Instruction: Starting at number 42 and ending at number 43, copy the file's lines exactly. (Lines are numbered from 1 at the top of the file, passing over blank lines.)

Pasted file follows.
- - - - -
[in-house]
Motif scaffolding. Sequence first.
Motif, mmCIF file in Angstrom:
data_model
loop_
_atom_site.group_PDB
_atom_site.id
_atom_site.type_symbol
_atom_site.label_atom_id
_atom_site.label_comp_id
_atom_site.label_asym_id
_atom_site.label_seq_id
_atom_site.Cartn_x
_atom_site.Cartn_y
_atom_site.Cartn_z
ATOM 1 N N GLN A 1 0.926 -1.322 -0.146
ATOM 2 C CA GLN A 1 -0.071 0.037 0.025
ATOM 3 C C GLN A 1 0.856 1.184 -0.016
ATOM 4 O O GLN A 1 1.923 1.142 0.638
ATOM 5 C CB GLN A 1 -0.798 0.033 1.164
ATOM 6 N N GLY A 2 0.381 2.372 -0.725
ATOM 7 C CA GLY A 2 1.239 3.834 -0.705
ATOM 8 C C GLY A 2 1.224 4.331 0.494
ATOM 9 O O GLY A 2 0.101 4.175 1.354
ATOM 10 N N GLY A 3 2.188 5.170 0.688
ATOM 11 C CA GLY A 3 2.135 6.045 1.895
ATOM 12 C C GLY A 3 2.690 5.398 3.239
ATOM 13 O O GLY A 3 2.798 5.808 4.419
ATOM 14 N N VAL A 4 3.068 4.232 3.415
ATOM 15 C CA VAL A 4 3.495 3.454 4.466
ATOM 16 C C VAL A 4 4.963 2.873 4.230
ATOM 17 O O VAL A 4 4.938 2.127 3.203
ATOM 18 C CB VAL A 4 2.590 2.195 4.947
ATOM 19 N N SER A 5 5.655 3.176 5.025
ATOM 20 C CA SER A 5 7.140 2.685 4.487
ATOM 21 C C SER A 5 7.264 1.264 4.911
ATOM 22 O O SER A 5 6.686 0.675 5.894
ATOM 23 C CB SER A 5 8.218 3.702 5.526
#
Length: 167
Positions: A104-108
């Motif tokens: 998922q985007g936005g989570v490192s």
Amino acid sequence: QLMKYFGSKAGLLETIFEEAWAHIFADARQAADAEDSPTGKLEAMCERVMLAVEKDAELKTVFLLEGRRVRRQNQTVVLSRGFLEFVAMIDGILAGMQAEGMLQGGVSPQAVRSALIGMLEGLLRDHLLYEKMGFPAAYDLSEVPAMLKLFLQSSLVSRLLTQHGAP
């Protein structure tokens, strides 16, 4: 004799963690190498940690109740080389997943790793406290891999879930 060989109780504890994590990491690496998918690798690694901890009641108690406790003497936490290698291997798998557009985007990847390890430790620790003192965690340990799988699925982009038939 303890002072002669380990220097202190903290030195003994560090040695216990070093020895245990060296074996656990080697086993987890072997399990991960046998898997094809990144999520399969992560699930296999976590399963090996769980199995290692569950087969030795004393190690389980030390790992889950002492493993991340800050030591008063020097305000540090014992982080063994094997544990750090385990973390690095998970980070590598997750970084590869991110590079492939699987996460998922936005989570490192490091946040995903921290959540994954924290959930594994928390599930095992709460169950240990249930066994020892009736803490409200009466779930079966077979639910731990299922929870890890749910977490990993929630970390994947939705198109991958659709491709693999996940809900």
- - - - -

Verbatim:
């Motif tokens: 998922q985007g936005g989570v490192s």
Amino acid sequence: QLMKYFGSKAGLLETIFEEAWAHIFADARQAADAEDSPTGKLEAMCERVMLAVEKDAELKTVFLLEGRRVRRQNQTVVLSRGFLEFVAMIDGILAGMQAEGMLQGGVSPQAVRSALIGMLEGLLRDHLLYEKMGFPAAYDLSEVPAMLKLFLQSSLVSRLLTQHGAP